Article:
On December 20th I was admitted into CHEO for my first chemo treatment on the oncology floor. Almost as soon as they began the treatments I became very sick and tired. By day two I was so sick they had to give me a lot of anti-nausea medications so I was pretty much out cold for the remaining time I was in the hospital. After what felt like forever I was able to go home on the afternoon of Christmas Eve. I hadn’t eaten for three days so I was supposed to try as soon as I got home. I asked for ham and cheese buns for Christmas Eve dinner, but instead of eating I fell asleep in mom and dad’s bed and when I woke up it was Christmas. That was the first night as a kid I had ever been able to fall asleep early on Christmas Eve. When I woke up Christmas Day I was very tired and sick so I sat on the coach and my sisters helped me open my presents. A week later when I was feeling better we went to put my presents away and I realized because of my medications I didn’t remember anything I had gotten so it was like Christmas all over again.
After my first treatment I began to lose my hair very quickly. This was very scary for me because as an 11 year old girl my hair was everything. I would wake up in the mornings and my hair would be on my pillow instead of on my head. I tried to hold on to it for as long as I could but I knew I was losing it whether I liked it or not. So we asked one of our good neighbors who is a hair dresser to come to my house and she cut it all off. I was sad, but at the same time I knew that losing my hair was the least of my worries because I knew I still had two more treatments ahead of me.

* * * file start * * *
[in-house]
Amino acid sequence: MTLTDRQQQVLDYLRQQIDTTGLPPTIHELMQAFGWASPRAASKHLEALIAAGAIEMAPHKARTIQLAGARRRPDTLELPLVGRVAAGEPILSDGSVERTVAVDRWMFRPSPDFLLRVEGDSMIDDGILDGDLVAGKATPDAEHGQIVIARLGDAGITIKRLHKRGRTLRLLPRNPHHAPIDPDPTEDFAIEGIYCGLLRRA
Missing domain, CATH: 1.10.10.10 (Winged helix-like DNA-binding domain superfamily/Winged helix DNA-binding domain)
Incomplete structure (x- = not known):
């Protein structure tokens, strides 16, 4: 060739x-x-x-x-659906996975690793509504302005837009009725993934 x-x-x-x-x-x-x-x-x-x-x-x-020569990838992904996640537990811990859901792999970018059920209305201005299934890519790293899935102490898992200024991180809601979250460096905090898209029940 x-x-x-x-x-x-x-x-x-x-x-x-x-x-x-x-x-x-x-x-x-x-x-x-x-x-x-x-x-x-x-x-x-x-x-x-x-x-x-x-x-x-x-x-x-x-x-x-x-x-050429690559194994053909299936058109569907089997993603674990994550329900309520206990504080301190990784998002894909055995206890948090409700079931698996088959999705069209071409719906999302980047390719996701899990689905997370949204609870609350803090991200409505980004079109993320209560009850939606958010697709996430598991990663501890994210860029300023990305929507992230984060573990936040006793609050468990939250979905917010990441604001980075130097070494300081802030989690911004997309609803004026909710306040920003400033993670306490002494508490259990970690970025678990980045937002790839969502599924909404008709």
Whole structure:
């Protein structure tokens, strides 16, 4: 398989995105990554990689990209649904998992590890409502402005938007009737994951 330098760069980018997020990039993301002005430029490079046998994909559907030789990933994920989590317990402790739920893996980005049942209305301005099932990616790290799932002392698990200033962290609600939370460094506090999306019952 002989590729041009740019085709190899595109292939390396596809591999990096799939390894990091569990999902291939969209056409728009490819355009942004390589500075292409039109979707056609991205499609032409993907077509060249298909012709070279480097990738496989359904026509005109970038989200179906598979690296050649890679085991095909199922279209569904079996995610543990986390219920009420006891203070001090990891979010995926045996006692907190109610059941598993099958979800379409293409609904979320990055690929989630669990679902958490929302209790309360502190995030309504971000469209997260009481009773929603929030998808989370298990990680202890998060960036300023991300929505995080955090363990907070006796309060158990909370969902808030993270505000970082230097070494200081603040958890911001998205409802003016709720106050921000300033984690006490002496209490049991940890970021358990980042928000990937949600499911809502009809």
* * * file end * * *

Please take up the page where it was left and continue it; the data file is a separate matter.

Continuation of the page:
The next two treatments were pretty much like the first. I was constantly sick, tired and would sleep the days away. Although I had terrific care and was surrounded by such kind people at CHEO all I ever wanted to do was go home. My time in between treatments was controlled by how I was feeling and whether or not I was neutrapenic. If I was, I was unable to see anyone outside of my family or go places and do things. When I was lucky enough for my blood counts to be normal we tried to do as many fun things as we could.
When I finally finished my treatments at the end of February, it was the best feeling I have ever had. I was so happy to be done with hospitals and sickness for a while. My life was basically back to normal minus the monthly doctor visits, frequent scans and blood work. I was back at school and my hair had even begun to grow back almost into an ash blonde colour. 6 months later on June 11th 2010 my parents got a fax with my blood work showing that my tumour marker levels had risen. After a follow up MRI at CHEO we found out I had relapsed. This time knowing exactly what to expect and what I was going to be put through we were even more devastated than the first time. I couldn’t believe that it was actually happening to me for a second time and there was absolutely nothing I could do about it. So we had to sit through another tough meeting with the oncology doctor where we were told I was going to have 2 week long cycles of chemotherapy, a surgery to remove the new tumor, then three more week long rounds of chemotherapy. This was hard to hear because the chemo was going to be more aggressive and I was going to be hospitalized for longer each time. This was going to mean a lot more tests, scans, and checkups to make sure this new, more aggressive chemo treatment wasn’t damaging my hearing, and internal organs.
Shortly after we were given the news I was admitted into the hospital for my first round of chemo on Canada day 2010. It pretty much went how we expected, I was sick, tired and practically slept the week away. Then I was sent home for 21 days. Before heading back for my second round of treatments I began to lose my hair again. I wasn’t as upset about it this time because my hair was already short and I considered it a minor side effect. My second round of treatments was very similar to the first because by then it was like clockwork. This time the big concern was to keep my platelets and red bloods cells up in between treatments.